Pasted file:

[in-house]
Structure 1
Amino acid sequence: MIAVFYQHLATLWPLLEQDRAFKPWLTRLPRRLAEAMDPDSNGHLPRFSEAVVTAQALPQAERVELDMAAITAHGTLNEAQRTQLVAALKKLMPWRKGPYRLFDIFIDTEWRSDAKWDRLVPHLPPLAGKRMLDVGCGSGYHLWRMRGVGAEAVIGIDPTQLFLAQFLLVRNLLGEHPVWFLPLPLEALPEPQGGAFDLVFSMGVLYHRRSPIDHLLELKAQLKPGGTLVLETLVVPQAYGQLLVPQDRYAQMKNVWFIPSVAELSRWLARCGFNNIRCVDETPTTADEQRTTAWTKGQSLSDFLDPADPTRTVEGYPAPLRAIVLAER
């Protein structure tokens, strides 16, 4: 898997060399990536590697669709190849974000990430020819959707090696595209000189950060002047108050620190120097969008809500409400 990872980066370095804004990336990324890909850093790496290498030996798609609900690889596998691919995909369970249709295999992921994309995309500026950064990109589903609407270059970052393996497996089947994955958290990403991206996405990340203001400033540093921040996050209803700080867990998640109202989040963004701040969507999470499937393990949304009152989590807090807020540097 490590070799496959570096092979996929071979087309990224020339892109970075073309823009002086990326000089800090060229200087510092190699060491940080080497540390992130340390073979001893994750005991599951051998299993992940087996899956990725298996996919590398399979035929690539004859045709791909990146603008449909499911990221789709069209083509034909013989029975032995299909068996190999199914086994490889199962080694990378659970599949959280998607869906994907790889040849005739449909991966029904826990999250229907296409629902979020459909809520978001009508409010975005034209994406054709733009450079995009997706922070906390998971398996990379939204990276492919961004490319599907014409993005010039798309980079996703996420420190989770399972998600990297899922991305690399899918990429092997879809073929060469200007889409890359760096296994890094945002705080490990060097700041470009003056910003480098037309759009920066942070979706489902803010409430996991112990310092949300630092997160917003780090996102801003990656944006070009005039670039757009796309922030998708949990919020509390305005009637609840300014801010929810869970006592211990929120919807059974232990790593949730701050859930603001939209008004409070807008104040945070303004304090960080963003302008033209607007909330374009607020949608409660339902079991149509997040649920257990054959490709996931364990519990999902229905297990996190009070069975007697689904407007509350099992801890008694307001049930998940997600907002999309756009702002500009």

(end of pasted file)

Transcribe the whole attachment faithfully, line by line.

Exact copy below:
[in-house]
Structure 1
Amino acid sequence: MIAVFYQHLATLWPLLEQDRAFKPWLTRLPRRLAEAMDPDSNGHLPRFSEAVVTAQALPQAERVELDMAAITAHGTLNEAQRTQLVAALKKLMPWRKGPYRLFDIFIDTEWRSDAKWDRLVPHLPPLAGKRMLDVGCGSGYHLWRMRGVGAEAVIGIDPTQLFLAQFLLVRNLLGEHPVWFLPLPLEALPEPQGGAFDLVFSMGVLYHRRSPIDHLLELKAQLKPGGTLVLETLVVPQAYGQLLVPQDRYAQMKNVWFIPSVAELSRWLARCGFNNIRCVDETPTTADEQRTTAWTKGQSLSDFLDPADPTRTVEGYPAPLRAIVLAER
């Protein structure tokens, strides 16, 4: 898997060399990536590697669709190849974000990430020819959707090696595209000189950060002047108050620190120097969008809500409400 990872980066370095804004990336990324890909850093790496290498030996798609609900690889596998691919995909369970249709295999992921994309995309500026950064990109589903609407270059970052393996497996089947994955958290990403991206996405990340203001400033540093921040996050209803700080867990998640109202989040963004701040969507999470499937393990949304009152989590807090807020540097 490590070799496959570096092979996929071979087309990224020339892109970075073309823009002086990326000089800090060229200087510092190699060491940080080497540390992130340390073979001893994750005991599951051998299993992940087996899956990725298996996919590398399979035929690539004859045709791909990146603008449909499911990221789709069209083509034909013989029975032995299909068996190999199914086994490889199962080694990378659970599949959280998607869906994907790889040849005739449909991966029904826990999250229907296409629902979020459909809520978001009508409010975005034209994406054709733009450079995009997706922070906390998971398996990379939204990276492919961004490319599907014409993005010039798309980079996703996420420190989770399972998600990297899922991305690399899918990429092997879809073929060469200007889409890359760096296994890094945002705080490990060097700041470009003056910003480098037309759009920066942070979706489902803010409430996991112990310092949300630092997160917003780090996102801003990656944006070009005039670039757009796309922030998708949990919020509390305005009637609840300014801010929810869970006592211990929120919807059974232990790593949730701050859930603001939209008004409070807008104040945070303004304090960080963003302008033209607007909330374009607020949608409660339902079991149509997040649920257990054959490709996931364990519990999902229905297990996190009070069975007697689904407007509350099992801890008694307001049930998940997600907002999309756009702002500009």